Teenage girl’s skeleton discovered in a mysterious grave near Egyptian pyramid
The skeletal remains, hugging in the crypt, of a 13-year-old girl, have been discovered by Egyptian archeologists excavating the pyramid ruins 60 miles out of Cairo.
It is a mystery how or when she died, though the experts say the site itself dates back to the end of the Third Dynasty roughly 4,600 years ago.
The cemetery was empty apart from the skeleton, which was buried in the squatting position, but the team also found two animal skulls and three ceramic vessels nearby that were likely placed as funerary offerings. The skull offerings appear to have come from bulls, according to Egypt’s Ministry of Antiquities.
Researchers came across the burial during work on the partially-collapsed Meidum pyramid, where the team is excavating a cemetery built near the end of the Third Dynasty.
It’s thought that construction on the Meidum period began at the command of the Third Dynasty’s last pharaoh, Huni, and was continued by Sneferu, the first pharaoh of the Fourth Dynasty. Previous efforts at the site uncovered the tomb of Prince Nefar-Maat, Sneferu’s oldest son.
While the newly-discovered bones indicate the remains belong to a girl who was around 13 years old when she died, much about the burial and the offerings are still unclear.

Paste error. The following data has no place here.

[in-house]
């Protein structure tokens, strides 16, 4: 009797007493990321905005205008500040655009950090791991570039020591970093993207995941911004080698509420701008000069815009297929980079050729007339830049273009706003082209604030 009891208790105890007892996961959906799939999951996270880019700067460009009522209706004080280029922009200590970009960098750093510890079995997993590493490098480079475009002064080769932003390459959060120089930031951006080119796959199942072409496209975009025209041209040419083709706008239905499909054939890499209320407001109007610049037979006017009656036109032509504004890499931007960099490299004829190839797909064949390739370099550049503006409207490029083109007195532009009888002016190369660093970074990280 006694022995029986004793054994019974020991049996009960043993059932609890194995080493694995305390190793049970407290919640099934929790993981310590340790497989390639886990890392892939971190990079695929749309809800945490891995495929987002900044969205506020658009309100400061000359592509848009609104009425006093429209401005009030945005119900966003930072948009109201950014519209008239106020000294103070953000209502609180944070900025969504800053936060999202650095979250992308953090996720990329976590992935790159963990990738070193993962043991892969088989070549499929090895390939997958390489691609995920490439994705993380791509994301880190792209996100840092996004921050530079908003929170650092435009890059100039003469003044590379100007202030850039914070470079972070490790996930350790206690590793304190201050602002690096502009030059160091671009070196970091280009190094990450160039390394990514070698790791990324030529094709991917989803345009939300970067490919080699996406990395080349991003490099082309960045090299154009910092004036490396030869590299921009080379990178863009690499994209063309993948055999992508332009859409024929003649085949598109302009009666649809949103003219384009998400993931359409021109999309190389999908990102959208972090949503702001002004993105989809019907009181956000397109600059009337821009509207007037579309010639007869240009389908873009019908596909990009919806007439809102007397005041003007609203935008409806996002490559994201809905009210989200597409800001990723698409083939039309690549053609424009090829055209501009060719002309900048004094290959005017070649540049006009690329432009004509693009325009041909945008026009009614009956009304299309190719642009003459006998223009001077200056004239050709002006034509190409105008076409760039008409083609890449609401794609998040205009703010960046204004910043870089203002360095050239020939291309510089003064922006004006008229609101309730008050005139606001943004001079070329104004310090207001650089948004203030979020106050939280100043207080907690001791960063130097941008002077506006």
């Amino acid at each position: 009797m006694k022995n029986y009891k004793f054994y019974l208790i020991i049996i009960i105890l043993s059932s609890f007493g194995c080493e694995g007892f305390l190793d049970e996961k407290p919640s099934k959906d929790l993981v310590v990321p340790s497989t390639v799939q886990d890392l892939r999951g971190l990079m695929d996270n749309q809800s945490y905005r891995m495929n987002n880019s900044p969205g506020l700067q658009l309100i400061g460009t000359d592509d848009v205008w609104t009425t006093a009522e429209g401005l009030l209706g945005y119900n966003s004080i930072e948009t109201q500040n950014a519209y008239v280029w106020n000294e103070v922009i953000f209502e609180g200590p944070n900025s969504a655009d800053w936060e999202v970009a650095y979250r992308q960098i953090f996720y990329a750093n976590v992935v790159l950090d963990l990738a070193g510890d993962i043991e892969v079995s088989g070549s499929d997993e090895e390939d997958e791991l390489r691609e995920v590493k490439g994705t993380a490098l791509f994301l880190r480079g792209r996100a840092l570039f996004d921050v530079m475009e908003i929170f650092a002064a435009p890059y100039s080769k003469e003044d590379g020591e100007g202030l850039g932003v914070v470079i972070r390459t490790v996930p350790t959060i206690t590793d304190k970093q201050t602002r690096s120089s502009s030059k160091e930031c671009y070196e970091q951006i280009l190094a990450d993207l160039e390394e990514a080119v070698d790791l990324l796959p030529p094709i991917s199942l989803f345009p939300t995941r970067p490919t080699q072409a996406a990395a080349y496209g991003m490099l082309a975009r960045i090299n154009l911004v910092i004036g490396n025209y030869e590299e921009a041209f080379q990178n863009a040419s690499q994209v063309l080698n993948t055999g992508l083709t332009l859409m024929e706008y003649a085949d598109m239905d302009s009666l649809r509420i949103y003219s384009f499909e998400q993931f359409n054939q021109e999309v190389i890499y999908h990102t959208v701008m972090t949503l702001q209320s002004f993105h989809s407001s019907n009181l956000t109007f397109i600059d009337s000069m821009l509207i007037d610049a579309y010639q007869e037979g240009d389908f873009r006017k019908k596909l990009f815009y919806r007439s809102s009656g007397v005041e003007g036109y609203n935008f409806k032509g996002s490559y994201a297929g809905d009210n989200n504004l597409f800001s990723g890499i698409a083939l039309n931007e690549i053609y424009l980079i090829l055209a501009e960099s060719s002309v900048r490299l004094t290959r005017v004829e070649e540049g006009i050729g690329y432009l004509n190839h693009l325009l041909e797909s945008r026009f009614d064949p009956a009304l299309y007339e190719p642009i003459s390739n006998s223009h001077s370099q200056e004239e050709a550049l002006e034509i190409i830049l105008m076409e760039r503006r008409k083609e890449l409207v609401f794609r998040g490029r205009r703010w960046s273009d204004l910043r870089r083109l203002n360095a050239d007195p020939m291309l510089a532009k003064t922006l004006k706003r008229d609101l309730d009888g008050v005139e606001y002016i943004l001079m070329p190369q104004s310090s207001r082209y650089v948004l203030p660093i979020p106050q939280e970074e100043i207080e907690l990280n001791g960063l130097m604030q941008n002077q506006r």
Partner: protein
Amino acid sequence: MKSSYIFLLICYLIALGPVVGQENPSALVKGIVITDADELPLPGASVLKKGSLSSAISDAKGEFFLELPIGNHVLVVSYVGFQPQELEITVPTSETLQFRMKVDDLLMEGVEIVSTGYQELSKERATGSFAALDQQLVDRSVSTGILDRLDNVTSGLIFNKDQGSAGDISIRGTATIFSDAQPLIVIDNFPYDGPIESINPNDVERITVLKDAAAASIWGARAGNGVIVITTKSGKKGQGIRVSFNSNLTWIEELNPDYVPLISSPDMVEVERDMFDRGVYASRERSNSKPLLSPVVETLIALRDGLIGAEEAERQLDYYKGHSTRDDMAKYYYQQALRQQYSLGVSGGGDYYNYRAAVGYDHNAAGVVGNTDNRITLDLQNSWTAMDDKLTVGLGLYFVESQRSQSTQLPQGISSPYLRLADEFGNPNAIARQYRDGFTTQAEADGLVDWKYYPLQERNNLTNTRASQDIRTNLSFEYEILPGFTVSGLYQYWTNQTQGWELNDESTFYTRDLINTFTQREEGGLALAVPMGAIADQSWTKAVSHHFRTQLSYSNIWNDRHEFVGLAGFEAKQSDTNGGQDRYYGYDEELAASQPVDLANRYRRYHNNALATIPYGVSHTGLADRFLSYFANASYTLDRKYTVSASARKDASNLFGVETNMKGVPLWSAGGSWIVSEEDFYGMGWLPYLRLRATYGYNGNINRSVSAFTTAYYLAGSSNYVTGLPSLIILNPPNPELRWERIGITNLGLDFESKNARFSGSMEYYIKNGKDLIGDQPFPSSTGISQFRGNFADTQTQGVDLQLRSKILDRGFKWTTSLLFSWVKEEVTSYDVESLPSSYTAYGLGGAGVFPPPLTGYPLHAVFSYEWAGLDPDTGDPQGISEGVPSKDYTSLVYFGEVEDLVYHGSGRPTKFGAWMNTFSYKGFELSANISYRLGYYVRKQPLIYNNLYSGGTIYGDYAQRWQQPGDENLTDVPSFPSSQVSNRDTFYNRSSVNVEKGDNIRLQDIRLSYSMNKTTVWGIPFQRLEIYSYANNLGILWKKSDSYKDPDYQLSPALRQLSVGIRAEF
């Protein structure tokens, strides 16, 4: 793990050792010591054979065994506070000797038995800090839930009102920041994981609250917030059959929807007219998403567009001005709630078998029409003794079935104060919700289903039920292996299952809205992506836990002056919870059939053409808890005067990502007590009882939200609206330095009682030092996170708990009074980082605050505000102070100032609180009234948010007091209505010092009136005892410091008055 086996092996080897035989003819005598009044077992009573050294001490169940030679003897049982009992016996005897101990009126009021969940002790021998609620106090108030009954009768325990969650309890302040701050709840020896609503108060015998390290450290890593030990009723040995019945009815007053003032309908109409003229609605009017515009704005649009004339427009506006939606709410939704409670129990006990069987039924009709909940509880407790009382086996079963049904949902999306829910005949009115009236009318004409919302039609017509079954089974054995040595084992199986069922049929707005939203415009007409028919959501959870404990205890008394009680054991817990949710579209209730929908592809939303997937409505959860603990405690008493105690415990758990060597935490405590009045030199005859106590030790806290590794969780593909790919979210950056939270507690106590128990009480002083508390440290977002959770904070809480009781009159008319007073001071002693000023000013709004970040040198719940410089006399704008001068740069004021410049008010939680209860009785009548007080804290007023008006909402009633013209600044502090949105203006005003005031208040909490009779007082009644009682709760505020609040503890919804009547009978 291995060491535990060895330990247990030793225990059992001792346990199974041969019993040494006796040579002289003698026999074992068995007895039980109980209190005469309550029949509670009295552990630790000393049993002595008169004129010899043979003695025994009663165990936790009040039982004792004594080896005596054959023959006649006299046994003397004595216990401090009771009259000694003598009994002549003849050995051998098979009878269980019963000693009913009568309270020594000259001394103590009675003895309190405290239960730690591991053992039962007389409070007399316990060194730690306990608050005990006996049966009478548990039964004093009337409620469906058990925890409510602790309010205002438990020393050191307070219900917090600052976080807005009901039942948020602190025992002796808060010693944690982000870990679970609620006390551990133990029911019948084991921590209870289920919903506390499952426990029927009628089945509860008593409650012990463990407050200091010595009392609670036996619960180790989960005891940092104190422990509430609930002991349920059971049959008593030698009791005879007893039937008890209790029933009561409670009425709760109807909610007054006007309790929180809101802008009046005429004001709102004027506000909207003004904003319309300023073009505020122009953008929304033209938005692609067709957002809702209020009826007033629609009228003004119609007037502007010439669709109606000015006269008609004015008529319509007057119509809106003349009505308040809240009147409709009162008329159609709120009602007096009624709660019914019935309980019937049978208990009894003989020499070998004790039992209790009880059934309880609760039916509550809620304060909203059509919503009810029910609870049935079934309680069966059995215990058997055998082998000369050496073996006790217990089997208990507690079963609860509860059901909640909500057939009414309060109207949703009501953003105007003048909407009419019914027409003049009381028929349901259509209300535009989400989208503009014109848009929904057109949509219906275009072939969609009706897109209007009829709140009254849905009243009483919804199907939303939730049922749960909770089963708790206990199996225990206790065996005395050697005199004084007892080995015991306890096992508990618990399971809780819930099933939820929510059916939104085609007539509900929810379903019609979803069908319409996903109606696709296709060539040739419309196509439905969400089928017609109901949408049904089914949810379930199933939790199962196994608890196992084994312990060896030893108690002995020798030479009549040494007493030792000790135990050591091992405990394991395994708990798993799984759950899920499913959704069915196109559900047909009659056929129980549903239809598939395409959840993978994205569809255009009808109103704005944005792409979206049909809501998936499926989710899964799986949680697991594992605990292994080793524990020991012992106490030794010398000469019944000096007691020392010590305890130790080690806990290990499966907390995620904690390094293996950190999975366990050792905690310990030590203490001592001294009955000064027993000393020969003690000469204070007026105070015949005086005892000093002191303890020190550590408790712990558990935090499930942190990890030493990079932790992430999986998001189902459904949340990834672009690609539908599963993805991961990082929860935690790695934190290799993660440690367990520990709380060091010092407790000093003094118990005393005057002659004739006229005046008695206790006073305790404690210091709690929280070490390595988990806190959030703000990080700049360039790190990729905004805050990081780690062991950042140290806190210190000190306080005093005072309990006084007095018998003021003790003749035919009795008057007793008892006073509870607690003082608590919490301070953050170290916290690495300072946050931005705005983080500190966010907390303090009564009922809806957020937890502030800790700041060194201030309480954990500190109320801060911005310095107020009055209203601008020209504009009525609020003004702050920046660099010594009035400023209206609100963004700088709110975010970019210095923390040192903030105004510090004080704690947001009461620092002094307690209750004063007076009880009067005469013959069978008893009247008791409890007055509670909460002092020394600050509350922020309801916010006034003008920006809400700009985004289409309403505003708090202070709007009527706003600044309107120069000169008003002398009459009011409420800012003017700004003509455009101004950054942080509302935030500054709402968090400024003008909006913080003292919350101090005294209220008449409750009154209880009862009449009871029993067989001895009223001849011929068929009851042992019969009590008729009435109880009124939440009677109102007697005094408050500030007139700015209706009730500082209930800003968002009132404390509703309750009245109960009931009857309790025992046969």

Researchers do not know the identity of the buried teenager.
The latest burial was found surrounded by a partially intact brick wall, and the team is now working to restore and reinforce the structures.
Elsewhere, in the Sinai Peninsula, the Antiquities Ministry says it discovered an ancient workshop that was used to build and repair ships thousands of years ago.
The site dates back to the Ptolemaic era (332 B.C.-30 B.C) and was found during excavations in the Tel Abu Saifi archaeological site, which is said to have once been the location of the Roman fortress Silla.
The find includes two dry dockyards where the ancient ships were worked on.
Researchers say it dates to the Greco-Roman period in Egypt, which lasted from the arrival of Alexander the Great in the 4th century until the 7th century when the Islamic conquest swept the region.